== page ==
Posted in Fit basics

Gym, Life and Everything

Let us use some space at the very beginning of this blog to mention a few useful concepts concerning exercising and training. We suggest that you take a look at them whether you are novice or advanced sports enthusiast as that will help us all to stand on a common ground when discussing various topics in the future.

Should you obey the rules or be creative?

The nature of being human
is to do the unexpected
and every birth carries with it
the possibility of a changed world.
- Hannah Arendt

When one consideres sports theory and practice, that broad area can be observed at several levels of “magnification”. From far away, one can observe that there are various long term goals that active people set for themselves and there are numerous disciplines through which they opt for achieving them… Some of them simply want to look good. Others enjoy being athletic and using their bodies to perform remarkable feats for sheer pleasure. Yet some folks literally live (and sometimes die) for sport; they are professionals willing to push themselves beyond the limits, compete with the likes and make for a living from that. Those are all legitimate goals.

While pursuing any of those, people follow some plan or program. Perhaps that’s just a general statement – I’ll go to a gym with my buddy two to three times a week, do some exercises and I hope I will look awesome in swimwear. Maybe you are more serious about your body so you have copied several routines from a textbook or a web page and now do your best to adhere to them for months and years. But if your living depends on your rankings, chances are good that you will invest a lot in a personal trainer conducting customized training program, a nutritionist preparing highly optimized diet and a chiropractor taking care of the consequences. Those are all legitimate plans.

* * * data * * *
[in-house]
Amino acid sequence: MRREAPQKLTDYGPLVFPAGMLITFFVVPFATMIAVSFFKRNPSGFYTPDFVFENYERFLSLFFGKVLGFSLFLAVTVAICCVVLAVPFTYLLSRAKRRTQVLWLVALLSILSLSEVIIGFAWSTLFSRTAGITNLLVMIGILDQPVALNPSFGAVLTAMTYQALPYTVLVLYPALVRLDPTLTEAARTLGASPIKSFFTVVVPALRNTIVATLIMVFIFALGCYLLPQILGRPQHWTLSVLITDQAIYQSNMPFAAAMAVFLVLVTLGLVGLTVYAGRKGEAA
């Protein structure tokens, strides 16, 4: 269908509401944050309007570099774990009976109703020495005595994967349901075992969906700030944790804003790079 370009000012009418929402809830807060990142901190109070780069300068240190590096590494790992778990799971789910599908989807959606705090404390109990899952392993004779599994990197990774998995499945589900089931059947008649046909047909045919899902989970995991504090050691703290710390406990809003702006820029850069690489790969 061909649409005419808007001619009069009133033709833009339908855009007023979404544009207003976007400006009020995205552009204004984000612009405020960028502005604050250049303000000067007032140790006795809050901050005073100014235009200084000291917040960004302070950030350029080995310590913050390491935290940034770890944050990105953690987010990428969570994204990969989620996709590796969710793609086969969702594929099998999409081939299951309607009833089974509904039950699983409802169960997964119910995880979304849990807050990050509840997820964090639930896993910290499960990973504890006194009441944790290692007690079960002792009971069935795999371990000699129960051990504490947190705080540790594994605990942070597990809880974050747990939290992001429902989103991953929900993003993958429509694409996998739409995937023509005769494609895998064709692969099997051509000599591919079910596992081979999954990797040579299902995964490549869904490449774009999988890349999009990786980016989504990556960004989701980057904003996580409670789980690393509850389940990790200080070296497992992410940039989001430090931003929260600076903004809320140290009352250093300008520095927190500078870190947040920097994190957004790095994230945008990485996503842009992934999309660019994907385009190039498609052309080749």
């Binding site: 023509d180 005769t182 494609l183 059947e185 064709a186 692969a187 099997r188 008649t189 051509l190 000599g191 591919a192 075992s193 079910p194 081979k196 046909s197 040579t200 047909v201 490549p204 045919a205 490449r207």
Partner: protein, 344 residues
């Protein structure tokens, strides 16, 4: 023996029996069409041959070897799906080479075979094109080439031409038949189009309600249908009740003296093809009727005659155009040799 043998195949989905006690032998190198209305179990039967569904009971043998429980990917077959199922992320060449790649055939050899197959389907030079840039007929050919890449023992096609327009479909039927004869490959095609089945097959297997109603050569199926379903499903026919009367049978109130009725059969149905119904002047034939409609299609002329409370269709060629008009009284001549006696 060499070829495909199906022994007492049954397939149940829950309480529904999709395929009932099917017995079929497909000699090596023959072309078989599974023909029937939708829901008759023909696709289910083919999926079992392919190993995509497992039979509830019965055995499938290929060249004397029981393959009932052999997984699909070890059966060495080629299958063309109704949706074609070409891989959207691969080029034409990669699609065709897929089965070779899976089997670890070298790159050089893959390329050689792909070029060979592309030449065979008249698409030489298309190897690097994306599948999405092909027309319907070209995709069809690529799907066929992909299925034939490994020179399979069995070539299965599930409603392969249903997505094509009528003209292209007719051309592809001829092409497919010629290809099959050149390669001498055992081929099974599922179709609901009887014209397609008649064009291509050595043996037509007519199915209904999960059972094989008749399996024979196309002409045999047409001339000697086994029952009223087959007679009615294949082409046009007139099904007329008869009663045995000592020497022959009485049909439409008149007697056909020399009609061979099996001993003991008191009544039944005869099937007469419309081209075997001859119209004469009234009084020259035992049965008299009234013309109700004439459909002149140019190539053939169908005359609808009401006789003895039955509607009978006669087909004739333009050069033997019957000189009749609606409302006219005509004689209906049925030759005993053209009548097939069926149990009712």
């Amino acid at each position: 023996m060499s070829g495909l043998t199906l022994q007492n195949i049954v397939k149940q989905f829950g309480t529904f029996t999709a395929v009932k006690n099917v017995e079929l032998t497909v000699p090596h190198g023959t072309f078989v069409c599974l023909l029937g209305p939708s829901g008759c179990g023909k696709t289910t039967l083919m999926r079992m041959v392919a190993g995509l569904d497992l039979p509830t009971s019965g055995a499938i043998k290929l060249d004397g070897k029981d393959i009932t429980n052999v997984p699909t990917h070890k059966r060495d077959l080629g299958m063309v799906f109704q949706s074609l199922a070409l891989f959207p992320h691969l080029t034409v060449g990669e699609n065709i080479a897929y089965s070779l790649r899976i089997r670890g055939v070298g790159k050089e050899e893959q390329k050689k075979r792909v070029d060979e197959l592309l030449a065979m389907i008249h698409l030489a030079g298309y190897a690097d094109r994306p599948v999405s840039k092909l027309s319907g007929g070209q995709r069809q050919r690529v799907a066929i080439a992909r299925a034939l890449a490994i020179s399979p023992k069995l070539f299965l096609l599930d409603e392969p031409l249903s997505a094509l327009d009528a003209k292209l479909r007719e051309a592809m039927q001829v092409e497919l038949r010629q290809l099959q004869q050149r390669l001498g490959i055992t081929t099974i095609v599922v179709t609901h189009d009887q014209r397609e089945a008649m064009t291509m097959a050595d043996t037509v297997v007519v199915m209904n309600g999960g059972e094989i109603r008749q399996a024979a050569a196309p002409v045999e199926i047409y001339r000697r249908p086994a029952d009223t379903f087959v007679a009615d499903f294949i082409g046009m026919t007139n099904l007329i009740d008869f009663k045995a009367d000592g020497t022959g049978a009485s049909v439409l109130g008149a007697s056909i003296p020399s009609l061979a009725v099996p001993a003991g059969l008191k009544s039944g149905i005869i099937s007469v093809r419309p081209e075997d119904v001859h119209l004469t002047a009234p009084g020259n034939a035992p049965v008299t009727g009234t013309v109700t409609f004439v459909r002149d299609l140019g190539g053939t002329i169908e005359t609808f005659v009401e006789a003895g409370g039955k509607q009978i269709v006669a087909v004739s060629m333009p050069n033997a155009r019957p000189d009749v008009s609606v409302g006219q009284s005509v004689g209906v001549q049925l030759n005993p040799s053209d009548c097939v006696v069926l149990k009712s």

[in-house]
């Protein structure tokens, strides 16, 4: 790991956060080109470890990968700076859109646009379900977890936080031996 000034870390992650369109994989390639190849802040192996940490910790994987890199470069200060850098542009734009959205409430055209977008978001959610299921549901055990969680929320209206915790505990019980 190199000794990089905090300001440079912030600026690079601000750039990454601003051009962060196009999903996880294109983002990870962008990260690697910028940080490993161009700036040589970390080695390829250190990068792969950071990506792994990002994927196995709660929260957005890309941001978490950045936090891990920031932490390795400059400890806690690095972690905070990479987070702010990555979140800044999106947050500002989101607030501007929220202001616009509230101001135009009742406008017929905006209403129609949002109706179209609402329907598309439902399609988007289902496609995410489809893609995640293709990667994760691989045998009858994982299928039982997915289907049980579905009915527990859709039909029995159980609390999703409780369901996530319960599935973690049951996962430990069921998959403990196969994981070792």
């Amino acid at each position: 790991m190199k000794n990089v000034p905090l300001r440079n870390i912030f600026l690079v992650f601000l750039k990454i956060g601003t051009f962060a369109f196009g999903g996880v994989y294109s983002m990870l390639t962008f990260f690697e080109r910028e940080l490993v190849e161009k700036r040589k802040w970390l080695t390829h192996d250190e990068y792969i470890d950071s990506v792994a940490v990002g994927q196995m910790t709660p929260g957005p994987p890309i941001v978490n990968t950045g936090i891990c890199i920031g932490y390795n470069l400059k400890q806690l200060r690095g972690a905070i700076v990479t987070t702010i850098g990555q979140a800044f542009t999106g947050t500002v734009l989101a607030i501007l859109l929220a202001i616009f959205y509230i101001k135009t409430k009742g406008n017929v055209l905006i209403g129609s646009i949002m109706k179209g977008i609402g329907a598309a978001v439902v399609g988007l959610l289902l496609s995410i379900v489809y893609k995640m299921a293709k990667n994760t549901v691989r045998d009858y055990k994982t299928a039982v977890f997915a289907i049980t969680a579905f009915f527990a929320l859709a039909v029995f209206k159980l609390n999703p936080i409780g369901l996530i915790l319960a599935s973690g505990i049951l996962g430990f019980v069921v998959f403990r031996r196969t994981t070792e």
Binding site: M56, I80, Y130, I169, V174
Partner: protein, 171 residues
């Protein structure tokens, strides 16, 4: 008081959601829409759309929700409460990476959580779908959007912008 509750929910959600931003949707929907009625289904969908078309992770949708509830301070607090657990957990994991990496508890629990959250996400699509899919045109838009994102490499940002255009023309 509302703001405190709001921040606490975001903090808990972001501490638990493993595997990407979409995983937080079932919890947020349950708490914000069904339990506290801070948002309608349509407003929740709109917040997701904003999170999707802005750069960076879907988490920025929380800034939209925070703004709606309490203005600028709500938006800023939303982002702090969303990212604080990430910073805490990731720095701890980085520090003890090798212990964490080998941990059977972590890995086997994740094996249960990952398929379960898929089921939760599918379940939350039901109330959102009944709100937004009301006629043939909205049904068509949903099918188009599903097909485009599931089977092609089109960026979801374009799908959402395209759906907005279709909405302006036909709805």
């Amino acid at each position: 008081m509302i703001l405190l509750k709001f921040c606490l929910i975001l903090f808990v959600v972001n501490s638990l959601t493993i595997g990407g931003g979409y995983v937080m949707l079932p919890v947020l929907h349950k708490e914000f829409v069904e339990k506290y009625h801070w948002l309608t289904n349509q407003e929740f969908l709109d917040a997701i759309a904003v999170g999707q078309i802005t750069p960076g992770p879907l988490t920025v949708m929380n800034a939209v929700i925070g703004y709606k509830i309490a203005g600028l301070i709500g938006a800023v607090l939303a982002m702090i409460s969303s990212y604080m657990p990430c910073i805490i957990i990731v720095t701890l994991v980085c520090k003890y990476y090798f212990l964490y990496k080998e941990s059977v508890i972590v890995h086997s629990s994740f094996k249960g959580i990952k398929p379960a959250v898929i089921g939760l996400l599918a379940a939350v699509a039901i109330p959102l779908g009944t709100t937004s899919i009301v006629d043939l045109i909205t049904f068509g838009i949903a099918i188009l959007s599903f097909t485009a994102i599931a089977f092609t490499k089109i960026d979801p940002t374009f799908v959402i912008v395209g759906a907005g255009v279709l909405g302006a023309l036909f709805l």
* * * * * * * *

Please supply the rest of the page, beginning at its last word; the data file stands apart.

If we keep zooming in on what people do when they engage in fitness and sport, we find that any plan and any training routine ultimately consists of exercises. No matter how casual or serious you are about athleticism, you will practice some exercises periodically in order to achieve your goals. And this is where an interesting observation can be made – there are not that many productive, efficient and safe exercises people usually do as one might think; both professionals and beginners seem to be doing very same exercises in the gym. Why would that be the case? The answer is simple – those are the VERY RARE safe and efficient exercises that exist.

The world of fitness is of course very dynamic and it constantly evolves. And yes, there are indeed new exercises that people invent, that quickly spread around the world and acquire many devotees. But most of them fade into oblivion as rapidly as they come to focus. The reason is quite simple – human body has a finite number of movements that it is designed to perform really well and without damage. That doesn’t mean that the number of good exercises is small, it is simply not infinitely large and thanks to generations of smart and diligent athletes, humankind has already figured out most of those that benefit our bodies.

Talk the talk, then walk the walk

We suggest that you think about it this way.

  • A typical language has some tens of thousands of words in its vocabulary; only a fraction of that number is really used in everyday conversations.
  • Speakers of that language combine them to formulate billions and billions of thoughts every day.
  • Despite using same words and similar sentences, stories that they tell to each other about their lives, experiences and achievements are doubtlessly unique and limitless.